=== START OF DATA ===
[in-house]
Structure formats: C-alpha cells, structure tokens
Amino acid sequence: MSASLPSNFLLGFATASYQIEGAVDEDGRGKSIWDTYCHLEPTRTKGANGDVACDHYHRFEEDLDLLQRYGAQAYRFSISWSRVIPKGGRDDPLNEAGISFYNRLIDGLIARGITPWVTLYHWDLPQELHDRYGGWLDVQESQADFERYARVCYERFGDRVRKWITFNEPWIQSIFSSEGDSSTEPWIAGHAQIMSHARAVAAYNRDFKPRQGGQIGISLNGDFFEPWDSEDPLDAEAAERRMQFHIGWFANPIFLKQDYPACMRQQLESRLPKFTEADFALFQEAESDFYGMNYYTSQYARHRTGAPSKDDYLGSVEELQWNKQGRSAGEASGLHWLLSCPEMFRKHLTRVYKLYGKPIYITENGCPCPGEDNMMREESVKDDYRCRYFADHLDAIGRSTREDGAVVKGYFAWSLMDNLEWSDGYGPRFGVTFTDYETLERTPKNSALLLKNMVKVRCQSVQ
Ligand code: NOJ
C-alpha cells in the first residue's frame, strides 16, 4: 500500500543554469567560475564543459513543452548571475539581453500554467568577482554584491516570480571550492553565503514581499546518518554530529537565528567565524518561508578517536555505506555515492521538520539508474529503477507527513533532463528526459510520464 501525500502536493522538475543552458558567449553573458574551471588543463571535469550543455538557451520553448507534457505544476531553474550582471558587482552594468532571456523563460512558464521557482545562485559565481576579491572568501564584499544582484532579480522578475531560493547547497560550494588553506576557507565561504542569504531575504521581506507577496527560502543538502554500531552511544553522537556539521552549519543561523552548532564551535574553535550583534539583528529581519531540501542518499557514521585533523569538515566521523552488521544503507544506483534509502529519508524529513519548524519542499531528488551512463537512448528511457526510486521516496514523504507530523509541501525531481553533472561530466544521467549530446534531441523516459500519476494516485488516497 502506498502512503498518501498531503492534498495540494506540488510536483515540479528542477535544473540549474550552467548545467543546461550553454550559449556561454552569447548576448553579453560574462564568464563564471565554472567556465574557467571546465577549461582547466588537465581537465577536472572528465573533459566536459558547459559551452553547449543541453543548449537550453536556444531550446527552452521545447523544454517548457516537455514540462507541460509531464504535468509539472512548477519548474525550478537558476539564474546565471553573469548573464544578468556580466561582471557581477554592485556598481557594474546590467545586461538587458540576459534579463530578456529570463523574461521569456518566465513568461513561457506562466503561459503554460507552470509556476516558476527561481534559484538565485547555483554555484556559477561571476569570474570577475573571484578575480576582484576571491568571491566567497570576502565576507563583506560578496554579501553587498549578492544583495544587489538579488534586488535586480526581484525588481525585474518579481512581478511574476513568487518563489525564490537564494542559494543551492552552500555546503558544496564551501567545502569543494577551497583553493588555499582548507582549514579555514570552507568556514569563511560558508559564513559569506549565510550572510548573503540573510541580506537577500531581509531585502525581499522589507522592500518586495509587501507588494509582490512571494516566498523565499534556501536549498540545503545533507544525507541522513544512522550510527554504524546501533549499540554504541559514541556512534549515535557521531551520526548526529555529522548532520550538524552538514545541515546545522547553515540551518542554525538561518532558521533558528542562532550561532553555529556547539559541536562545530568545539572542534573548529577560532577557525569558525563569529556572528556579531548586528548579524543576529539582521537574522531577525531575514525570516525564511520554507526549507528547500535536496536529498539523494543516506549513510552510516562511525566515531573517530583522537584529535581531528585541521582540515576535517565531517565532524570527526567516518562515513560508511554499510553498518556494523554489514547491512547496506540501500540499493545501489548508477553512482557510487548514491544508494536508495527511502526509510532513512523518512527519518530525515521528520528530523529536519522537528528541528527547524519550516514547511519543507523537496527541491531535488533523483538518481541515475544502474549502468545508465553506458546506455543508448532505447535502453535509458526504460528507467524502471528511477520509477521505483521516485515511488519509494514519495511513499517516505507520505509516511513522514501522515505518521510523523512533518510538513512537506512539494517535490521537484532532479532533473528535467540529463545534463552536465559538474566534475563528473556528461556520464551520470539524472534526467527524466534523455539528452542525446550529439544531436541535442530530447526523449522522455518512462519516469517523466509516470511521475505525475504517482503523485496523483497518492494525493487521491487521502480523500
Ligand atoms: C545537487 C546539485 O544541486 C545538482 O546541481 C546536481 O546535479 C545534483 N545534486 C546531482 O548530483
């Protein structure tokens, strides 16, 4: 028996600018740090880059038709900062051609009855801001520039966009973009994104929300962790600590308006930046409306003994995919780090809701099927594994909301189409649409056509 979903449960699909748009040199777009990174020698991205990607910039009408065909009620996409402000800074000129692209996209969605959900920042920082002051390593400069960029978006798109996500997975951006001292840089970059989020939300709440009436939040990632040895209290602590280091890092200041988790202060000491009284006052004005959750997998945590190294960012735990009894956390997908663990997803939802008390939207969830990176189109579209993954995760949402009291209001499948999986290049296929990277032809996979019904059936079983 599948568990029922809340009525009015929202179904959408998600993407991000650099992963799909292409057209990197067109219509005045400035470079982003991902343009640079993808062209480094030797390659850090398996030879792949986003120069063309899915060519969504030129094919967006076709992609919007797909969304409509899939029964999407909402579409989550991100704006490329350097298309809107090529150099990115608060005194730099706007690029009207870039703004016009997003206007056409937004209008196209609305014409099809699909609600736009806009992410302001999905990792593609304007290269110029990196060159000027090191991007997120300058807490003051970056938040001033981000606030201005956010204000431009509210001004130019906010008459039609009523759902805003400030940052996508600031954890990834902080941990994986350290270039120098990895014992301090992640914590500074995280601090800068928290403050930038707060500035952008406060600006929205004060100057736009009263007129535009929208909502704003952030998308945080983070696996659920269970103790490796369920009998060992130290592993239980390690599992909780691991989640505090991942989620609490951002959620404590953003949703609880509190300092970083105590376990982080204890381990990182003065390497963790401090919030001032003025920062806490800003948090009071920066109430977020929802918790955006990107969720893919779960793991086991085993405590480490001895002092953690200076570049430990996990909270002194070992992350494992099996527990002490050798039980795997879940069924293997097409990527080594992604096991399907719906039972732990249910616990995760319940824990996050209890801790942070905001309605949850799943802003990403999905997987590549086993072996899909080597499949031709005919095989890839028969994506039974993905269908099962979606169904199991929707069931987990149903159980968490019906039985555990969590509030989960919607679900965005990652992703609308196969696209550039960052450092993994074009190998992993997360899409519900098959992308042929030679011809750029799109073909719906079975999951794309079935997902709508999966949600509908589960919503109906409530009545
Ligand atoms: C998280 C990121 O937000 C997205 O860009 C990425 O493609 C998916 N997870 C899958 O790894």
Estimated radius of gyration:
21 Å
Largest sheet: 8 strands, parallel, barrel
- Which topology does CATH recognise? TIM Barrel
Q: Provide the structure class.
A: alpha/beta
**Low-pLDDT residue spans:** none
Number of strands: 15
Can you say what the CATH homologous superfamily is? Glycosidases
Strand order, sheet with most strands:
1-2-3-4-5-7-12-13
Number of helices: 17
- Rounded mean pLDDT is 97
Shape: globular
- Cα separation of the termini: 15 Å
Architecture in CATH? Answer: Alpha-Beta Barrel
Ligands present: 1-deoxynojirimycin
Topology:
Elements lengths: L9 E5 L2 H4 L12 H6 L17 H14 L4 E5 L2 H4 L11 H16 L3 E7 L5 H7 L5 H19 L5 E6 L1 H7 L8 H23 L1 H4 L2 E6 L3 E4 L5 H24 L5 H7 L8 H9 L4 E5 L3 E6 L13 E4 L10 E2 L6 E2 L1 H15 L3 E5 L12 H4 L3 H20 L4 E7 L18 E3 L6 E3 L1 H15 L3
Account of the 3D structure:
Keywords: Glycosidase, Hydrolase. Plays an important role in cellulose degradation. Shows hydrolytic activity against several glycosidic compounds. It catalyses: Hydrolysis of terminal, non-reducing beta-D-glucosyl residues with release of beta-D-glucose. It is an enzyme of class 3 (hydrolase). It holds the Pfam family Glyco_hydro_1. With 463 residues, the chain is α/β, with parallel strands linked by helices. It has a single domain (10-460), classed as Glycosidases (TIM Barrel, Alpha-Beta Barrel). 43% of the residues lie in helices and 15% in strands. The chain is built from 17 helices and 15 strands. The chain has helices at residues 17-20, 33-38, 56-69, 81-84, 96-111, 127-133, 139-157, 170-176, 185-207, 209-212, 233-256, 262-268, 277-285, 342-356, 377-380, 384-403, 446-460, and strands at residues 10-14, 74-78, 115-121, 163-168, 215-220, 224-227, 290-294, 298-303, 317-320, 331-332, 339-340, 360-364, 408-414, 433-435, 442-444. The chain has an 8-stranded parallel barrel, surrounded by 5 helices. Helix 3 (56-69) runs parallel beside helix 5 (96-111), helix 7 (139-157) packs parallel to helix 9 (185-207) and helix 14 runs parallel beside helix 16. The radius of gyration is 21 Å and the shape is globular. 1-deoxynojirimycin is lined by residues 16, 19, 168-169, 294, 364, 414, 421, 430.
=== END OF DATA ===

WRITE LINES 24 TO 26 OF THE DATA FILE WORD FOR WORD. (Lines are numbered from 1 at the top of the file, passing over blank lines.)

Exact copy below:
Architecture in CATH? Answer: Alpha-Beta Barrel
Ligands present: 1-deoxynojirimycin
Topology: